Master in European Regional Development Studies

Innovation and Regional Development

Course goal

This course aims at introducing the students to the interdisciplinary field of innovation and regional development and to the problematique of the contemporary views on the organization of production and of the evolution of regional economic development issues of primarily the western world.

Students are expected to acquire contemporary knowledge and understanding of issues, beyond the knowledge they have gained during their undergraduate studies, via multiple bibliography mainly drawn from scientific journal, as well as from teaching, including compulsory project assignments.

The aim is the gaining of capabilities to understand deeply the subject and the acquirement of theoretical knowledge, research capabilities at high level, and sharp critical comprehension of the bibliographical and other material.

Students are expected to be able to comprehend and interpret/explain the course subjects in a scientific way (via research, collection and exploitation of material, i.e. via knowledge mechanisms especially of data and information retrieval, selection, organization and original composite presentation) to express judgments with structured arguments (explaining problems in an analytical way and combining knowledge with the ability to make synchronic and diachronic comparisons, as well as the study and theoretical discoursing with components of originality in an interdisciplinary context) in serious evolutionary socio-economic political and generally social sciences issues, and to articulate new ideas and foresight (explaining and combining complex issues) as well as utilizing their knowledge and capabilities for further studies, having acquired the capability to study fast under pressure and do a very good level research.

The course puts an emphasis on the following general capabilities:

  • Retrieval, analysis and synthesis of data and information with the use of the necessary technologies (where applicable)
  • Adaptation to new conditions
  • Personal work
  • Work in an interdisciplinary environment
  • Production of new research ideas
  • Respect to diversity and multiculturalism
  • Exercise of criticism and self-criticism
  • Promotion of free, creative and inductive knowledge

Course subject

The course focuses on the importance of innovation and its impact on regional development. It aims to bring the students up-to date with a growing literature on regional development and innovation & technical change, and to develop theoretical proficiency and analytical competence that captures the realities of economic life and policy. The course is based on two broad themes converging, a) Innovation, technology, knowledge and entrepreneurship, and b) Spatial development and policy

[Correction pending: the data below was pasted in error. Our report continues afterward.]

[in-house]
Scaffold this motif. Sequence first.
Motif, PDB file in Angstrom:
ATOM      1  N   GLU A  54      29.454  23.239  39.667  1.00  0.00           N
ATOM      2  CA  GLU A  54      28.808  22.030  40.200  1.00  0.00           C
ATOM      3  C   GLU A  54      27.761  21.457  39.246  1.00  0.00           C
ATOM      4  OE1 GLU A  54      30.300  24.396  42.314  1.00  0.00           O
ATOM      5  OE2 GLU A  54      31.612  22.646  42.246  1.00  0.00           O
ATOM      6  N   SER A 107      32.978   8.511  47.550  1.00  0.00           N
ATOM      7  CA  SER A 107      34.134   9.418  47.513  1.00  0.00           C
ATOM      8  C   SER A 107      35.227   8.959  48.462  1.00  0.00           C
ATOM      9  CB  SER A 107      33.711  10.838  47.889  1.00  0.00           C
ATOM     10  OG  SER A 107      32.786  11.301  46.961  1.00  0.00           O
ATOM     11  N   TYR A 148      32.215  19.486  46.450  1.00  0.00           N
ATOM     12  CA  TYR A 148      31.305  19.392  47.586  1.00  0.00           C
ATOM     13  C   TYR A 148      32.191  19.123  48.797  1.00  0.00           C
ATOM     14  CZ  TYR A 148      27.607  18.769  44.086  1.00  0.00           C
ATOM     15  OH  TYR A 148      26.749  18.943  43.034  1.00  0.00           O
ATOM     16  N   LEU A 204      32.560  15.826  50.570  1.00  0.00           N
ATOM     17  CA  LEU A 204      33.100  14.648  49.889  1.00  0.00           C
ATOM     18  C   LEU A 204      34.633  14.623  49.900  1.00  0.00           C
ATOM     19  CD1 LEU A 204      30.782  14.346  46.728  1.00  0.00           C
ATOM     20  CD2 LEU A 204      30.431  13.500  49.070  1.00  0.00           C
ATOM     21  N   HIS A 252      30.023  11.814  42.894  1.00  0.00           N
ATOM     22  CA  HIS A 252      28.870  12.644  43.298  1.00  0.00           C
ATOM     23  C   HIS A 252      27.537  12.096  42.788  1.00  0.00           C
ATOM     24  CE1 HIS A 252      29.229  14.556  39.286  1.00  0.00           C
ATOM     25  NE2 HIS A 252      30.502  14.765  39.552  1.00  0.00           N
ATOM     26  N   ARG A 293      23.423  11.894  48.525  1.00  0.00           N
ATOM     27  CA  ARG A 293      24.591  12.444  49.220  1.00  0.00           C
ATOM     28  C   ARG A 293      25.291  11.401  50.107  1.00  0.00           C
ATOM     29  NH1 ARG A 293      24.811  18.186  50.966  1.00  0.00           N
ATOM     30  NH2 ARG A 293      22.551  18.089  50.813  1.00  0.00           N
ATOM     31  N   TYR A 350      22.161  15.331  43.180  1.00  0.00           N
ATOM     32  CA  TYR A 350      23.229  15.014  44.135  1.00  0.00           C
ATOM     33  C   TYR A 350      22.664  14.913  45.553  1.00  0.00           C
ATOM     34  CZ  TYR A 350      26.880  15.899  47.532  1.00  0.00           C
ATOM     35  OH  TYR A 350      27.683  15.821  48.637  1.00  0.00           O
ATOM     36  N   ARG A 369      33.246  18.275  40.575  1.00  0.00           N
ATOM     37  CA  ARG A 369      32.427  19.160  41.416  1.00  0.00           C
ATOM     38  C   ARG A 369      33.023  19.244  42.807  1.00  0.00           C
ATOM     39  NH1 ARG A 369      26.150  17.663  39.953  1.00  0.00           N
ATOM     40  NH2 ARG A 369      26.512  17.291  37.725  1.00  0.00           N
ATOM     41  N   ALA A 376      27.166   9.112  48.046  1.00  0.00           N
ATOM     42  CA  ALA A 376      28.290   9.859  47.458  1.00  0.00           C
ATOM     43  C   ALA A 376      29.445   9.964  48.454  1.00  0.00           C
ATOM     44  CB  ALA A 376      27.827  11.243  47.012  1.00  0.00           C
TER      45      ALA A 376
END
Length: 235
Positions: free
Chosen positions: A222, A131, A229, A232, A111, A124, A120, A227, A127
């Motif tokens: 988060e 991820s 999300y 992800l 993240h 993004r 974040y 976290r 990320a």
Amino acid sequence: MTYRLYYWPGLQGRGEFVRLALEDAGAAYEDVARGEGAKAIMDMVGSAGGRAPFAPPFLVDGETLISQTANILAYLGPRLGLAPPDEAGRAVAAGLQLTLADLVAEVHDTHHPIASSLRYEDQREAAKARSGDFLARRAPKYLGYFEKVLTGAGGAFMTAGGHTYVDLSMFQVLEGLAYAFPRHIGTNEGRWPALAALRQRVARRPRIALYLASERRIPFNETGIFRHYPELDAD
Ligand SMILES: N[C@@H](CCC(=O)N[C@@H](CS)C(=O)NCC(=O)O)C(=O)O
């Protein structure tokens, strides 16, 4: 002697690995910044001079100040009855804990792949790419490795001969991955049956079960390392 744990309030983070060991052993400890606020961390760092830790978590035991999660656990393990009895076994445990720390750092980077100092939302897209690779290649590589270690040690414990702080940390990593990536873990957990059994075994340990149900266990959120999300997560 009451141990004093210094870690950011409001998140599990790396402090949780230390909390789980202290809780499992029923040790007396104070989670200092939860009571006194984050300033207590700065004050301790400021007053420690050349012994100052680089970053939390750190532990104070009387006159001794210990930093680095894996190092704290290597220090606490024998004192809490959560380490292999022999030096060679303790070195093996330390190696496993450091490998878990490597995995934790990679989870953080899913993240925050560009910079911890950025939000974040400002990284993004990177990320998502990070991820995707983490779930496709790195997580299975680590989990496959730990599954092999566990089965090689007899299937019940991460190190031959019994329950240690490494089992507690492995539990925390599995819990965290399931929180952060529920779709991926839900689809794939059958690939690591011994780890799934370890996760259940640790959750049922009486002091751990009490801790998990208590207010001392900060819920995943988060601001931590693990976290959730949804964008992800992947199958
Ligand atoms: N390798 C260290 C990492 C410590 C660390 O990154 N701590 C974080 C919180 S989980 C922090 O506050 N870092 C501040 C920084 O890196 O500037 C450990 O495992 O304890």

TEACHING METHOD

The teaching approach is based on bottom-up theory building, studying of heterodox schools of thought and critical theories, and an effort to match analysis with empirical evidence.

The Course is taught with a combination of lectures by the instructors and by a limited number of invited speakers.

Student work includes:
Two (2) papers’ presentations and discussions with submission of short (2 page) summaries,
Work In Progress (WIP) presentation in view of the Term Paper
Critical paper for term paper presentation and summary
Term Paper (written essay and presentation)

 

Assessment

Student evaluation takes under consideration:

  • Mid-term exams
  • project
  • oral project presentation

Bibliography

  • Fagerberg J., Mowery D. & Nelson R., (eds) (2005) The Oxford Handbook of Innovation. Oxford University Press, Oxford.
  • Asheim B., Isaksen A., Nauwelaers C. & Tödtling F. (eds) (2003) Regional Innovation Policy for Small–Medium Enterprises. UK Cheltenham: Edward Elgar
  • Borrás, S. (2004) The Innovation Policy of the European Union. Cheltenham UK: Edward Elgar.
  • Cooke P., De Laurentis C., Tödtling F., & Trippl M. (eds) (2007) Regional Knowledge Economies: Markets, Clusters and Innovation. Edward Elgar.
  • Cooke, P., Heidenreich, M. & Braczyk, H.J. (2004) Regional Innovation Systems: The Role of Governance in a Globalized World. UK London: Routledge.
  • Fuchs G. & Shapira P. (eds) (2006) Rethinking Regional Innovation and Change-Path Dependency or Regional Breakthrough? Netherlands: Springer.
  • Malecki, E.J. (1991) Technology and Economic Development. Essex: Longman